How to look at a house is a skill you need to learn. Before you click your way to another website, take a minute to read what I have for you now.
Just because no one told you how to look at a house doesn’t mean it isn’t something you need to know. Consider this for a moment.
If you’re like most home buyers, you’re whipped on Sunday nights. You went to 1 zillion open houses making sure you saw every house on your list. Because you had 100 homes to see in 25 different towns, you didn’t spend much time in any of them.
That’s all right. It only takes a few minutes to see a house. Not exactly.
Open houses are great and not so great. You see a lot of homes in a few hours; sellers get a lot of buyers into their house. If you’re starting out, it can be very helpful because you find out what you don’t like as well as what you do.
Here’s what’s wrong with open houses – it’s not a coordinated, logical search. As a result, you really don’t understand the market as well as you should. You also waste a lot of time going to homes that aren’t right for you. Because you’ve been racing through homes, you’ve learned to look on a very surface level.
Oh sure, you might walk through a home you’re considering slowly but you’re still not looking at it correctly. As a result, you can miss a lot.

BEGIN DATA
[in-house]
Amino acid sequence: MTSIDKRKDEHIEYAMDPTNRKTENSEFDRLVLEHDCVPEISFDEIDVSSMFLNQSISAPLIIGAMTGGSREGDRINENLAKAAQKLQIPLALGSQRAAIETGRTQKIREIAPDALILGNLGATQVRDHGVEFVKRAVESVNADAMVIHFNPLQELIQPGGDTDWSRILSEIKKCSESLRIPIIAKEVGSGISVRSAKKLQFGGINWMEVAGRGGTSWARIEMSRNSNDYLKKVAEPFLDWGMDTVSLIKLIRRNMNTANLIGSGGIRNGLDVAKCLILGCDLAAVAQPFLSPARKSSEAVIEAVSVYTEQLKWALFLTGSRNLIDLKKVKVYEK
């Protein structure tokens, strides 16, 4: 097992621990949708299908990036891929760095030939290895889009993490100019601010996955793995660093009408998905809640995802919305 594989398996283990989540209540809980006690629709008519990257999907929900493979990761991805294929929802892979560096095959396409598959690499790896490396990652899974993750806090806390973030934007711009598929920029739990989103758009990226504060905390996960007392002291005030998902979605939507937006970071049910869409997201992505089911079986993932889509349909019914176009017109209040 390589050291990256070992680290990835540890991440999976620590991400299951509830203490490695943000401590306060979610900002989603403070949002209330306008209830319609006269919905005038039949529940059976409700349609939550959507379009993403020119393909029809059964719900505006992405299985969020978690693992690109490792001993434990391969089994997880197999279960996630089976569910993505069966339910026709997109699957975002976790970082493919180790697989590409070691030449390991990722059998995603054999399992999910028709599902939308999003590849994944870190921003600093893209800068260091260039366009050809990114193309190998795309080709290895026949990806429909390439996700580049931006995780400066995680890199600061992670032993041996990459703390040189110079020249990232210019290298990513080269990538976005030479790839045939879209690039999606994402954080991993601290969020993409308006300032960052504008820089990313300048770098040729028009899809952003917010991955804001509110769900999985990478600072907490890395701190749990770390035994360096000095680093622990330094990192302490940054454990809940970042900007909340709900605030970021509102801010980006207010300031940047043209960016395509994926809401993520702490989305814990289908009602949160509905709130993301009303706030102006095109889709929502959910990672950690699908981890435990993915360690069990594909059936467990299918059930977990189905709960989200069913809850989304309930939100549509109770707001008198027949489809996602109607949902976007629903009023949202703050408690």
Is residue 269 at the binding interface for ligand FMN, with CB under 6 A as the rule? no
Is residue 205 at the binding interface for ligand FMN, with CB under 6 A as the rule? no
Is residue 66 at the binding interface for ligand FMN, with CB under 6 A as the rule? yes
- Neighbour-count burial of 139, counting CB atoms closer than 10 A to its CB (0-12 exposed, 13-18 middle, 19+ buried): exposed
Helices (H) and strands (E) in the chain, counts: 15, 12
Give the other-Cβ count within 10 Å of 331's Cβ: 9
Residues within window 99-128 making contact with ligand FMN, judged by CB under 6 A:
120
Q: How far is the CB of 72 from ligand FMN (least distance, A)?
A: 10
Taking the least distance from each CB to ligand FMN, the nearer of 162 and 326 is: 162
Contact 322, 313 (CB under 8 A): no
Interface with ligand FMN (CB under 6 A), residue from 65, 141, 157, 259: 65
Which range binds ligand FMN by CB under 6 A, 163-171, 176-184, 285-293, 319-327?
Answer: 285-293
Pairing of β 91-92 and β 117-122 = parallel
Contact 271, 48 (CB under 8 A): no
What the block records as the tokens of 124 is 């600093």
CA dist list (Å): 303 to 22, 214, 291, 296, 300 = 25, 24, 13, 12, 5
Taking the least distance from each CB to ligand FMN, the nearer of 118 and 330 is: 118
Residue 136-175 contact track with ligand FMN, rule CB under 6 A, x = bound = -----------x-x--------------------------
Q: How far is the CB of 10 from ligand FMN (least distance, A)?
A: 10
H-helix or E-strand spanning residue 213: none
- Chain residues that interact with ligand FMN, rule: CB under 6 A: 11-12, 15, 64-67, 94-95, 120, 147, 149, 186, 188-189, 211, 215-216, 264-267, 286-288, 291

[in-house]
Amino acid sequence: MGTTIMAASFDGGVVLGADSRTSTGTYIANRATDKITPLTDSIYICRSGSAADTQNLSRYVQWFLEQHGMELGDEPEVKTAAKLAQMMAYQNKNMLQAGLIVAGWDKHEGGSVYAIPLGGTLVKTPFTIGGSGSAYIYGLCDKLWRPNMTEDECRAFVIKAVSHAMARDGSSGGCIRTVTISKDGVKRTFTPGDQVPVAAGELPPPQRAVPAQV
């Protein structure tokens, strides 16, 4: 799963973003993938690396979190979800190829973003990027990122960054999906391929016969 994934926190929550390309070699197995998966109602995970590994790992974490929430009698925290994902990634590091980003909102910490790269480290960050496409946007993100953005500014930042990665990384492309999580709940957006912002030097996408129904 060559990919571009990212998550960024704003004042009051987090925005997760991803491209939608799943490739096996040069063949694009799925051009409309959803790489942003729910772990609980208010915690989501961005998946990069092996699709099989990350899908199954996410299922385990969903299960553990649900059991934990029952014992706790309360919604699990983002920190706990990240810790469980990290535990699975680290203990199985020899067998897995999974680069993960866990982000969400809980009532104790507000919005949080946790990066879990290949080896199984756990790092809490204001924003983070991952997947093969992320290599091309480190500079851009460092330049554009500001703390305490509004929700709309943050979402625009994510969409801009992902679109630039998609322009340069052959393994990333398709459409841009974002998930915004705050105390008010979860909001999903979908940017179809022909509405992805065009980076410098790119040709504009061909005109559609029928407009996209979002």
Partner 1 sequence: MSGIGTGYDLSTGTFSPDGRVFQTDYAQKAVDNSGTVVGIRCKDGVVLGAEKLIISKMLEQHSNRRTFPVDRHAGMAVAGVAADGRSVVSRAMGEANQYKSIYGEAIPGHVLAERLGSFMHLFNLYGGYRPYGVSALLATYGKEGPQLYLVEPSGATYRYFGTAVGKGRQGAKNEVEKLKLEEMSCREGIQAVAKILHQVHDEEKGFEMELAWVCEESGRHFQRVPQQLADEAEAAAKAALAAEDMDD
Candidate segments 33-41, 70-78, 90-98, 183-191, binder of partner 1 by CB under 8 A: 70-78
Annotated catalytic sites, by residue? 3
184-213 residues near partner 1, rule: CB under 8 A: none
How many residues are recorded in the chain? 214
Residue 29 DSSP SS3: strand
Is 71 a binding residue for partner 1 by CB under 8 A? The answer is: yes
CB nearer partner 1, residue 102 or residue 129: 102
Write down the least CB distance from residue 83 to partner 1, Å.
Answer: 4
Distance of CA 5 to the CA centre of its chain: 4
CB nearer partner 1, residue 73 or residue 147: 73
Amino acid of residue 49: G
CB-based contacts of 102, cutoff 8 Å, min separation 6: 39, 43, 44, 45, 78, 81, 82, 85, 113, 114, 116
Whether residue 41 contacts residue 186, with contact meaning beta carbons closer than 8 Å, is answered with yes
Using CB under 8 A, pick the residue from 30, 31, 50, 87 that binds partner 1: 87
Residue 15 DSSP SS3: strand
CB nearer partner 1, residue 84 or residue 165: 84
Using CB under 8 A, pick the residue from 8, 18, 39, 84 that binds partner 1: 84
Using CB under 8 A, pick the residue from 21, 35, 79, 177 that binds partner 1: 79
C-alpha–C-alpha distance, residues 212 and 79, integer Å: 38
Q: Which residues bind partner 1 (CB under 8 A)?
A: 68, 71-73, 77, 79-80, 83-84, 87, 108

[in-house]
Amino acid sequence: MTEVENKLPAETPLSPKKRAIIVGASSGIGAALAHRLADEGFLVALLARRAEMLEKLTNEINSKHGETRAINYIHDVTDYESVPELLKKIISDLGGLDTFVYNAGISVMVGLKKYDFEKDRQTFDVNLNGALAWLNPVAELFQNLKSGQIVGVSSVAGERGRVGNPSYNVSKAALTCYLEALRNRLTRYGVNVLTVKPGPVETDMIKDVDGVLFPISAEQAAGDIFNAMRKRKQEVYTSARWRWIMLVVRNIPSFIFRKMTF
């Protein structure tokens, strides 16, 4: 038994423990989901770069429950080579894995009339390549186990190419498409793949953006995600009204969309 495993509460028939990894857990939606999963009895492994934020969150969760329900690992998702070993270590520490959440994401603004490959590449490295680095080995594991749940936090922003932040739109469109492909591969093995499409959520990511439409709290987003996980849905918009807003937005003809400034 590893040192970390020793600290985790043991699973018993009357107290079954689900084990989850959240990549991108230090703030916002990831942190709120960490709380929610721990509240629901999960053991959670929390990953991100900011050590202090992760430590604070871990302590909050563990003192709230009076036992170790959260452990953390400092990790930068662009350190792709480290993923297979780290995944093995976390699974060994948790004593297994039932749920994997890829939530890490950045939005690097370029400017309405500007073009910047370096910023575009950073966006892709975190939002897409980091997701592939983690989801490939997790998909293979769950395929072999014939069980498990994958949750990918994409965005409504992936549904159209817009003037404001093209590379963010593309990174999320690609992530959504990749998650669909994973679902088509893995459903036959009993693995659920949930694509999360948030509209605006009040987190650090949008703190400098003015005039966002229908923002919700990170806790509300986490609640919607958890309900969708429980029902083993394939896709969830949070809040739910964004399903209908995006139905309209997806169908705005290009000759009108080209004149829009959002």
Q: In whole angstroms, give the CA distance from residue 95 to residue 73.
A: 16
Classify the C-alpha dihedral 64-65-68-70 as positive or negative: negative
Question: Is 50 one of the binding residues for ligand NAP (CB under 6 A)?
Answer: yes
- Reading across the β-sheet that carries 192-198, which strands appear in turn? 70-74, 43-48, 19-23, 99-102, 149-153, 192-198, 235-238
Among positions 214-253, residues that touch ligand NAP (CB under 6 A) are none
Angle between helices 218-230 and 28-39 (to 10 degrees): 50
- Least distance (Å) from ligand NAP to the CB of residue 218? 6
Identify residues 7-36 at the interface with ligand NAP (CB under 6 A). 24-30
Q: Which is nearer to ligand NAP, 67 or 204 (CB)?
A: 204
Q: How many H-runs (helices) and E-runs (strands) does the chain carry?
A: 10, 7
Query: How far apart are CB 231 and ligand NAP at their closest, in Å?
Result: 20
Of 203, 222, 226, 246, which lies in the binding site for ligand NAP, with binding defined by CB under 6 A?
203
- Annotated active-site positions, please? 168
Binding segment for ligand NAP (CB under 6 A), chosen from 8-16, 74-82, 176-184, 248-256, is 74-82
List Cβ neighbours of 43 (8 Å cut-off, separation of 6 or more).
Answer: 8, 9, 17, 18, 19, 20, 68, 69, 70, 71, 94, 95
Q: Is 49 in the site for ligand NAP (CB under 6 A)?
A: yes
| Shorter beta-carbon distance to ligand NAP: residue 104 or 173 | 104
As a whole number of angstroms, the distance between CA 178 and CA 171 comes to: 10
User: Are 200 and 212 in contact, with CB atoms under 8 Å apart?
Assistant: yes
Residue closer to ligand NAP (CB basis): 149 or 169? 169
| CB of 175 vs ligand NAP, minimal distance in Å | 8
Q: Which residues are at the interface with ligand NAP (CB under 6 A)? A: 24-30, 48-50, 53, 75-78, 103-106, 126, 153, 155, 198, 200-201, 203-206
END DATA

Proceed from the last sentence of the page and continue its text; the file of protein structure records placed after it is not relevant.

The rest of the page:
Here are a few tips for you:
- The Roof. Go across the street or to the back of a yard. You have to be a distance away to see a roof. Walk from side to side – look at the roof at an angle. You can’t see swaying and shingle lifting when you look at it straight on.
- Don’t be so polite. Walk into the rooms and across at an angle. No house is perfect. If there’s a shift you want to know about it now; not after you buy the house. You can’t feel space you don’t walk into. How about squeaky floors. Viewing a room from the doorway is not the same as walking into it.
- Take time in the basement – look at the manufacturer names on the systems. Did the owner invest in quality brands or not? Behind those boxes along the wall does it look like there’s a water problem being covered up?
- Open kitchen cabinet doors and drawers. Are the cabinets refaced? When you pull out a drawer does it fall down or stay straight out? Is the oven vent really going to the outside? make sure to check https://www.pagenstechergroup.com/services/kitchen-remodeling if you need help doing some changes in your kitchen
I spend a good amount of time teaching my buyers how to look at a house. We are not home inspectors but I don’t want you to miss anything we should be able to see. There are many issues a buyer can miss. Learn how to look at a house properly. Find an agent who will take the time to show you. You can, of course, call me at 201-741-8490 to make an appointment to view homes.
Watch for future blog articles that go into more detail on what to look for when viewing homes. I’ll be writing them this fall.